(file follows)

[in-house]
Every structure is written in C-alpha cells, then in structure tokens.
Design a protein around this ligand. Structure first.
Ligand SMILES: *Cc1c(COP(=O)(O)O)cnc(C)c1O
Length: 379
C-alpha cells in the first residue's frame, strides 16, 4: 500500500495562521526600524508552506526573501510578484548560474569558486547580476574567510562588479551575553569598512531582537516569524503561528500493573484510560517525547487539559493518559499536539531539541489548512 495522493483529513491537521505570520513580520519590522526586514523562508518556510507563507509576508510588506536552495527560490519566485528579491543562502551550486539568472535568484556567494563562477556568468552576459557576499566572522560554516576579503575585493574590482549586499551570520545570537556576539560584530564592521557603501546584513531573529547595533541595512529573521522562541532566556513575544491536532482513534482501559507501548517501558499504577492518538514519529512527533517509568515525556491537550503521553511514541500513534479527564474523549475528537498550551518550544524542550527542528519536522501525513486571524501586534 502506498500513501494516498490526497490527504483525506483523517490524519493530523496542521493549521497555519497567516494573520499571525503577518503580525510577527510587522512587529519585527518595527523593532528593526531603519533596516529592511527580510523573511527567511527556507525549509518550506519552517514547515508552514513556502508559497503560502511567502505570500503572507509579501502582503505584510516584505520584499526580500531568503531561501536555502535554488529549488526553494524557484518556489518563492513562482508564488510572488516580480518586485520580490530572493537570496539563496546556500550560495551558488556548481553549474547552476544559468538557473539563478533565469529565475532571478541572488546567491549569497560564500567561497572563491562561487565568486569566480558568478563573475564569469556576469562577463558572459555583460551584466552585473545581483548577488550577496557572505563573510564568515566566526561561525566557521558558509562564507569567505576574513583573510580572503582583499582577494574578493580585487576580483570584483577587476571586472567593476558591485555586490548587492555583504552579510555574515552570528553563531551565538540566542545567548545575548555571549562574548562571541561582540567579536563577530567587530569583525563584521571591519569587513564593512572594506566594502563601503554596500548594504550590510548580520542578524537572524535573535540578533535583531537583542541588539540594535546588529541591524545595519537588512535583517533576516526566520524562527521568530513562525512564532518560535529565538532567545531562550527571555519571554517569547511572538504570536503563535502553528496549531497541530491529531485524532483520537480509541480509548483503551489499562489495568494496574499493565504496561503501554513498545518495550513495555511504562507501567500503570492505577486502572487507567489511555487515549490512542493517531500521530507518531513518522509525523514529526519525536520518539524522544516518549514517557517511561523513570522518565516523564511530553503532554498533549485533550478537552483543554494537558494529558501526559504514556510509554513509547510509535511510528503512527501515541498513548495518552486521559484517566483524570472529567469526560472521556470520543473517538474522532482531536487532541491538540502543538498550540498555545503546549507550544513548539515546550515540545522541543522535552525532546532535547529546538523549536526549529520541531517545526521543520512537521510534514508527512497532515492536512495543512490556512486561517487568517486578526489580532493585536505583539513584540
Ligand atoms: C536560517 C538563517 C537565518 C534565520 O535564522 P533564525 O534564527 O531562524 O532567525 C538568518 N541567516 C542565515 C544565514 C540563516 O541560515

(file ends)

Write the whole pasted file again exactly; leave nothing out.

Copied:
[in-house]
Every structure is written in C-alpha cells, then in structure tokens.
Design a protein around this ligand. Structure first.
Ligand SMILES: *Cc1c(COP(=O)(O)O)cnc(C)c1O
Length: 379
C-alpha cells in the first residue's frame, strides 16, 4: 500500500495562521526600524508552506526573501510578484548560474569558486547580476574567510562588479551575553569598512531582537516569524503561528500493573484510560517525547487539559493518559499536539531539541489548512 495522493483529513491537521505570520513580520519590522526586514523562508518556510507563507509576508510588506536552495527560490519566485528579491543562502551550486539568472535568484556567494563562477556568468552576459557576499566572522560554516576579503575585493574590482549586499551570520545570537556576539560584530564592521557603501546584513531573529547595533541595512529573521522562541532566556513575544491536532482513534482501559507501548517501558499504577492518538514519529512527533517509568515525556491537550503521553511514541500513534479527564474523549475528537498550551518550544524542550527542528519536522501525513486571524501586534 502506498500513501494516498490526497490527504483525506483523517490524519493530523496542521493549521497555519497567516494573520499571525503577518503580525510577527510587522512587529519585527518595527523593532528593526531603519533596516529592511527580510523573511527567511527556507525549509518550506519552517514547515508552514513556502508559497503560502511567502505570500503572507509579501502582503505584510516584505520584499526580500531568503531561501536555502535554488529549488526553494524557484518556489518563492513562482508564488510572488516580480518586485520580490530572493537570496539563496546556500550560495551558488556548481553549474547552476544559468538557473539563478533565469529565475532571478541572488546567491549569497560564500567561497572563491562561487565568486569566480558568478563573475564569469556576469562577463558572459555583460551584466552585473545581483548577488550577496557572505563573510564568515566566526561561525566557521558558509562564507569567505576574513583573510580572503582583499582577494574578493580585487576580483570584483577587476571586472567593476558591485555586490548587492555583504552579510555574515552570528553563531551565538540566542545567548545575548555571549562574548562571541561582540567579536563577530567587530569583525563584521571591519569587513564593512572594506566594502563601503554596500548594504550590510548580520542578524537572524535573535540578533535583531537583542541588539540594535546588529541591524545595519537588512535583517533576516526566520524562527521568530513562525512564532518560535529565538532567545531562550527571555519571554517569547511572538504570536503563535502553528496549531497541530491529531485524532483520537480509541480509548483503551489499562489495568494496574499493565504496561503501554513498545518495550513495555511504562507501567500503570492505577486502572487507567489511555487515549490512542493517531500521530507518531513518522509525523514529526519525536520518539524522544516518549514517557517511561523513570522518565516523564511530553503532554498533549485533550478537552483543554494537558494529558501526559504514556510509554513509547510509535511510528503512527501515541498513548495518552486521559484517566483524570472529567469526560472521556470520543473517538474522532482531536487532541491538540502543538498550540498555545503546549507550544513548539515546550515540545522541543522535552525532546532535547529546538523549536526549529520541531517545526521543520512537521510534514508527512497532515492536512495543512490556512486561517487568517486578526489580532493585536505583539513584540
Ligand atoms: C536560517 C538563517 C537565518 C534565520 O535564522 P533564525 O534564527 O531562524 O532567525 C538568518 N541567516 C542565515 C544565514 C540563516 O541560515